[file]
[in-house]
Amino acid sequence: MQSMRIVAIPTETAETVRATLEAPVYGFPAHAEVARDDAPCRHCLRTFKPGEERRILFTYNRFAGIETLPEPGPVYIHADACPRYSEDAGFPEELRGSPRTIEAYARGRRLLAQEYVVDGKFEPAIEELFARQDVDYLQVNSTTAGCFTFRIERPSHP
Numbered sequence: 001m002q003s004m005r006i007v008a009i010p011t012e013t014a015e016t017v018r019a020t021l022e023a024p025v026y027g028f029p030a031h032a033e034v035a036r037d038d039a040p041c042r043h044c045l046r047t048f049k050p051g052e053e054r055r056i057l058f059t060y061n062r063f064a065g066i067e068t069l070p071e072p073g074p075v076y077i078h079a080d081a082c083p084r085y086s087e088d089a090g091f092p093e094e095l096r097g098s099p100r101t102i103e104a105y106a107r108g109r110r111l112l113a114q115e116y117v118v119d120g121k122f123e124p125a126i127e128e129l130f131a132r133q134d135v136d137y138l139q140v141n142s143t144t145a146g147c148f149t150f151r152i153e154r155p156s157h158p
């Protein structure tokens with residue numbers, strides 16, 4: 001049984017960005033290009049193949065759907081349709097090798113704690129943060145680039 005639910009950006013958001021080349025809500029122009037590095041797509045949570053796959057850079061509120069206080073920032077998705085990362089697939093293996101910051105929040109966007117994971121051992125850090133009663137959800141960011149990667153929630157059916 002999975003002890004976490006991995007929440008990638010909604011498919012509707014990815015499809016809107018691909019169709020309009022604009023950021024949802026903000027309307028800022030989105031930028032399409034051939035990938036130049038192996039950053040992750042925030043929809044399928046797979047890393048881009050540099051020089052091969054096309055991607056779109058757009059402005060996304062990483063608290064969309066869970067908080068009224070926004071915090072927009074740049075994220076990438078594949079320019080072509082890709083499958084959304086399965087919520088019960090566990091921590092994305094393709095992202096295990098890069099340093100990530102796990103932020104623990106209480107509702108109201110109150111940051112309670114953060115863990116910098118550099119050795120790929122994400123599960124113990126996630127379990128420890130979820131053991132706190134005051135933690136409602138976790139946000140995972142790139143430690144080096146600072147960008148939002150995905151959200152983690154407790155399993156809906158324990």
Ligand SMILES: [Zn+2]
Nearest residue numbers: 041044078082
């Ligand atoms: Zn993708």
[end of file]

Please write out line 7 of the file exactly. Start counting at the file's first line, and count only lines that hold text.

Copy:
């Ligand atoms: Zn993708």